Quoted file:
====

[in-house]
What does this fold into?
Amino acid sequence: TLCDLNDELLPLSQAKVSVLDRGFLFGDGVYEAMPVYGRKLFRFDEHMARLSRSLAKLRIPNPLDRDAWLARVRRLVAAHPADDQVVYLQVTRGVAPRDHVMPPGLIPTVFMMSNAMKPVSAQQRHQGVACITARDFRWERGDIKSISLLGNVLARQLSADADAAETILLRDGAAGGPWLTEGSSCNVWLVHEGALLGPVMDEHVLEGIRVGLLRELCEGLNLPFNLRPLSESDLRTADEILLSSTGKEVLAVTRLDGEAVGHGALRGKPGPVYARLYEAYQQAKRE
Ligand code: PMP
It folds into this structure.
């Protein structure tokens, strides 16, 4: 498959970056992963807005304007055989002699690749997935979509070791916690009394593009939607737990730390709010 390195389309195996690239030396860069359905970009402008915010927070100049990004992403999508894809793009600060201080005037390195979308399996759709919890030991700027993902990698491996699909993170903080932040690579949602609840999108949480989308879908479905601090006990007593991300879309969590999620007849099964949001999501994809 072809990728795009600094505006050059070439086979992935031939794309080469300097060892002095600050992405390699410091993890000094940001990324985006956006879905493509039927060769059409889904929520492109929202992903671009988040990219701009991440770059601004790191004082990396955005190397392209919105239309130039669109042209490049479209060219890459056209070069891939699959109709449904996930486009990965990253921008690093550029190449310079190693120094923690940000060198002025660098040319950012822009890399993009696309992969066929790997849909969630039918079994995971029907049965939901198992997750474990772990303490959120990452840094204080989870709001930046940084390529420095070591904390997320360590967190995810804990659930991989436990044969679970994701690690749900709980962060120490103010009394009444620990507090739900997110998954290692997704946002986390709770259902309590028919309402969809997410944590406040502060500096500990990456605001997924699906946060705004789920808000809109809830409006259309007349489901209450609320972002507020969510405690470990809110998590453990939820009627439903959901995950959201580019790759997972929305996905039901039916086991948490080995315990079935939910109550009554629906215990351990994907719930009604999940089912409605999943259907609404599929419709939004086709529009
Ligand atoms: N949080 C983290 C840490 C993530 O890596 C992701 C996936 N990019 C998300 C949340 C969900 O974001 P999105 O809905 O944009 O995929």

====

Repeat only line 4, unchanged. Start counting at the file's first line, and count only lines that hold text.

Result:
Ligand code: PMP